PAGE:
After pressing the “Create function” button, you should be greeted with the following view where you can paste the example code. The example code will echo the input provided and add text to confirm that the Snowflake to AWS connection is working. You can consider this as a Hello World -type of example which can be leveraged later on.

Snowflake External Functions

Copy-paste following Python code from my Github account into Function code view. We can test the Python code with following test data which should create following end result:

After testing the Lambda function we can move into creating an IAM role which is going to be used by Snowflake.

Creating an IAM role for Snowflake use

Creating an IAM role for Snowflake use is a straight forward job. Open up the Identity and Access Management (IAM) console and select “Roles” from right and press “Create role”.

You should be greeted with a new view where you can define which kind of role you want to create. Create a role which has Another AWS account as a trusted entity. In the box for Account ID, give the same account id which was recorded earlier in the instructions.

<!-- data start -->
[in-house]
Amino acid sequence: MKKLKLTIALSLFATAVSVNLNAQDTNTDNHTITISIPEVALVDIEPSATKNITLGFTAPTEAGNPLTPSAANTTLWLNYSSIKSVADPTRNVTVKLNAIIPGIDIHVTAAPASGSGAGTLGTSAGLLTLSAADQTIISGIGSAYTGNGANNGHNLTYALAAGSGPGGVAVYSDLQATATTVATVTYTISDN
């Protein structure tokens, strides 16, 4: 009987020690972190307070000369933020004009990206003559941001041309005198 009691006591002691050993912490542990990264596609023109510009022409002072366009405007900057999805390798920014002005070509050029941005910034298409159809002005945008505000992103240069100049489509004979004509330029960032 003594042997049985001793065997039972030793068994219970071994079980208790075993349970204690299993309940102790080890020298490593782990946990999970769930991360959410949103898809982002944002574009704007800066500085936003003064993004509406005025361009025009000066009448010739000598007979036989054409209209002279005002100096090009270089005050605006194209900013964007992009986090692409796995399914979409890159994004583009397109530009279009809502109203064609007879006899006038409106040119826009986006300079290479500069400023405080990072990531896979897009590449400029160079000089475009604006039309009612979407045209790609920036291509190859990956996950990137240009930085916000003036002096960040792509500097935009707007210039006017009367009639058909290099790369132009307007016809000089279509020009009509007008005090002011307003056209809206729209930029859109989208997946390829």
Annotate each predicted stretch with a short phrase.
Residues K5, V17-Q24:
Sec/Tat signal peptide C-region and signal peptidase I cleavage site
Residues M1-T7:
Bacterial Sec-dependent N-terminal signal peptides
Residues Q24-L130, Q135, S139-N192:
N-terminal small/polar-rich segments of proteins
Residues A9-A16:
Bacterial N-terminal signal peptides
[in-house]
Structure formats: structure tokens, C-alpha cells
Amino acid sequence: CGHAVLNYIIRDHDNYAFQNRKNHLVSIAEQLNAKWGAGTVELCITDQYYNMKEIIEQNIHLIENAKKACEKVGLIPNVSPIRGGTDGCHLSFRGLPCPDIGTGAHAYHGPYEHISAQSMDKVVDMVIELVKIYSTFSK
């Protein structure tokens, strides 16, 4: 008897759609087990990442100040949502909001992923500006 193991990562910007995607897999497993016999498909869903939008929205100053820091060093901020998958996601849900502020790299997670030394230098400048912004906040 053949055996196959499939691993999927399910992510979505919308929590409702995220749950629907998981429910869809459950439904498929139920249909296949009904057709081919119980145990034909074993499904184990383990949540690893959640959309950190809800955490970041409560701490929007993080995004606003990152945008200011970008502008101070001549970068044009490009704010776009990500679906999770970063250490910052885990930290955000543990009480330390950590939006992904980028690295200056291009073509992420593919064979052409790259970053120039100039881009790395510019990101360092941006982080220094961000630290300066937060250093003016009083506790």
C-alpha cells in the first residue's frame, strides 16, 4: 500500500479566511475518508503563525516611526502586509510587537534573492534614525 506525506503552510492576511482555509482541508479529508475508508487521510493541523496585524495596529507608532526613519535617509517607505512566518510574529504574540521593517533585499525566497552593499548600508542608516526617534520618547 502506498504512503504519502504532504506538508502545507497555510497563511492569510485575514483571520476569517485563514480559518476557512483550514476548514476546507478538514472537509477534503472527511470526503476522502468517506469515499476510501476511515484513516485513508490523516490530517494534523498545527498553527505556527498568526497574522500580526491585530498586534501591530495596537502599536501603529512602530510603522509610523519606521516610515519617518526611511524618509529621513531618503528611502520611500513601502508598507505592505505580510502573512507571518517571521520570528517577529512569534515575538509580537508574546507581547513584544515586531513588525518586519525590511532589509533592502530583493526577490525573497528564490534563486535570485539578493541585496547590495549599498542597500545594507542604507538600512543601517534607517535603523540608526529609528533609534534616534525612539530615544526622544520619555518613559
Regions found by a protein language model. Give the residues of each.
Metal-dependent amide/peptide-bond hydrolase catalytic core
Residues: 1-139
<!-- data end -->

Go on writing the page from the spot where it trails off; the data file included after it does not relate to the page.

Name the new role as snowflake_role and record the role name into the template. Record also the role ARN.

Creating a proxy service on AWS API Gateway

Create an API Gateway endpoint to be used. Snowflake will use this API endpoint to contact the Lambda -service which we created earlier. To create this, choose API Gateway service from the AWS console and select “Create API”. Call this new API snowflake_test_api and remember to select “Regional” as the endpoint type as currently, they are the only supported type.

Create a Resource for the new API. Call the resource snowflake and record the same to the template as Proxy Service Resource Name.

Create Method for the new API from the “Actions” menu, choose POST and press grey checkmark to create.

During the creation choose Lambda Function as Integration type and select “Use Lambda Proxy Integration”. Finally, choose the Lambda function created earlier.

Save your API and deploy your API to a stage.

Creating a new stage can be done at the same time as the deploy happens.

Once deployed, record the Invoke URL from POST.

Now were done creating the API Gateway. Next step is to secure the API Gateway that only your Snowflake account can access it.

Securing AWS API Gateway Proxy

In the API Gateway console, go to your API method and choose Method Request.

Inside Method Request, choose “AWS_IAM” as the Authorization mode.

Record the Method Request ARN to the template to be used later on. You can get the value underneath the Method Request.